If you don't work in finance, it's easy to forget that there are a wide variety of mortgage loan types. Just as no two borrowers are exactly alike, no two loan programs are set up precisely the same way.
If a loan amount is greater than the standards set by Fannie Mae, the loan is a jumbo loan. If a loan is within those limits, on the other hand, it is known as a conforming loan.
What is a jumbo loan?
While it varies by the market area and changes each year, loan amounts above about $548,250 are typically treated as jumbo loans. Lenders consider these loans risky regardless of your creditworthiness. For the most up-to-date information on these limits, visit the Federal Housing Finance Agency loan limits page.
This risk is generally balanced by a higher interest rate and a larger down payment than what's required for conforming loans. While these types of loans may cost borrowers a bit more, their availability expands credit opportunities for high-priced properties.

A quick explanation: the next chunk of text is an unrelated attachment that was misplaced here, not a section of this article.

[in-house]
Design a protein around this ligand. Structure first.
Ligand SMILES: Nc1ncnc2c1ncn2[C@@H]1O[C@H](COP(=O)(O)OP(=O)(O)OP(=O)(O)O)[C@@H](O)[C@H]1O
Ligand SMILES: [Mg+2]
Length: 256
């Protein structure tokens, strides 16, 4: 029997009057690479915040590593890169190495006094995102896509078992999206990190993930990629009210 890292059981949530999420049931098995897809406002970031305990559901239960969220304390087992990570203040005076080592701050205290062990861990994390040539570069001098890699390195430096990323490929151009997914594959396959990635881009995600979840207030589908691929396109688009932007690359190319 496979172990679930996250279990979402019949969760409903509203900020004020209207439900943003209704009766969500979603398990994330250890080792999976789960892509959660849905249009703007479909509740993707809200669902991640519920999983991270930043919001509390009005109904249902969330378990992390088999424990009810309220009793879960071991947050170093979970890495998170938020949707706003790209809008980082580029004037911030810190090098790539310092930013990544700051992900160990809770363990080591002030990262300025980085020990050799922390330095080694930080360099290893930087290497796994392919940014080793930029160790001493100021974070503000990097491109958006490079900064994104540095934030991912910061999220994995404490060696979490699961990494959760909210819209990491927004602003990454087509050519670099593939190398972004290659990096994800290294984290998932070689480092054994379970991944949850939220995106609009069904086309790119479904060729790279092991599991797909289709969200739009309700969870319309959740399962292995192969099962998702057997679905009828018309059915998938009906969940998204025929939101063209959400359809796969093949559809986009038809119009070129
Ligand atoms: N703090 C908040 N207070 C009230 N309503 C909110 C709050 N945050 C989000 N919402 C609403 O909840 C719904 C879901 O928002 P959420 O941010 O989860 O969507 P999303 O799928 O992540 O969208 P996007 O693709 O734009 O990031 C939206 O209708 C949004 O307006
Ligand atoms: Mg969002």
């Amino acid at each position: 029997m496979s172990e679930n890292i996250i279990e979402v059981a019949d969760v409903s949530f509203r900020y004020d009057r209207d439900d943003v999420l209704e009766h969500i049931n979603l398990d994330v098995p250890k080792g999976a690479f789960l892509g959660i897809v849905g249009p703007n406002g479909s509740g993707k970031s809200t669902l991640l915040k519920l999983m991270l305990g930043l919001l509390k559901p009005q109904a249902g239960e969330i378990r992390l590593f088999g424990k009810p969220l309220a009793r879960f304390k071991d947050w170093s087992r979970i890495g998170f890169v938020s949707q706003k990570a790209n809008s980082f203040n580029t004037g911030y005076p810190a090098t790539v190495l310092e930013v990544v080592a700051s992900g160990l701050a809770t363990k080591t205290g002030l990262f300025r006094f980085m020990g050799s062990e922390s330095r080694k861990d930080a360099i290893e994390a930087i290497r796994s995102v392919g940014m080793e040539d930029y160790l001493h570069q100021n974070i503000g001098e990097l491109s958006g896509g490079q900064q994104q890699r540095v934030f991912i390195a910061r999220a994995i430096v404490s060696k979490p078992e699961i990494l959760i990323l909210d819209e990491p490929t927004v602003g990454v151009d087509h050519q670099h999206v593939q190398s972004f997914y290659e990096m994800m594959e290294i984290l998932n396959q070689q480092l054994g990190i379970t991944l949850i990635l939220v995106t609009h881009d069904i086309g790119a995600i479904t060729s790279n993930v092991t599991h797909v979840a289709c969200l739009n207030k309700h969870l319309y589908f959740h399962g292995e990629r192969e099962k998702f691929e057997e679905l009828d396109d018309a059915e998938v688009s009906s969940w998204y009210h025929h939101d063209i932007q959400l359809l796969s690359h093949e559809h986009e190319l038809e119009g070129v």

Jumbo loan guidelines and requirements
All home loans come with specific requirements, and jumbo loans are no different. Standards vary by lenders, but here are the basics:
- Down payment requirements for jumbo loans vary, but typically 15-30% is required as a down payment for primary residences.
- Loan amounts that are considered Jumbo differ by area. If you are thinking of borrowing more than $548,250, talk to your loan officer to find out if you need a jumbo loan.
- Jumbo loans are available for primary residences, second homes, and investment properties.
- The maximum loan amount varies based on the size of the down payment and the credit history of the borrower, among other factors.
- In almost all cases, your income must be fully documented, and debt-to-income ratios will be based upon the type of transaction—purchase, refinance, or cash out refinance.
Is a jumbo loan right for you?
If you're considering a mortgage for a property outside conforming limits, your loan officer can help. Get in touch today!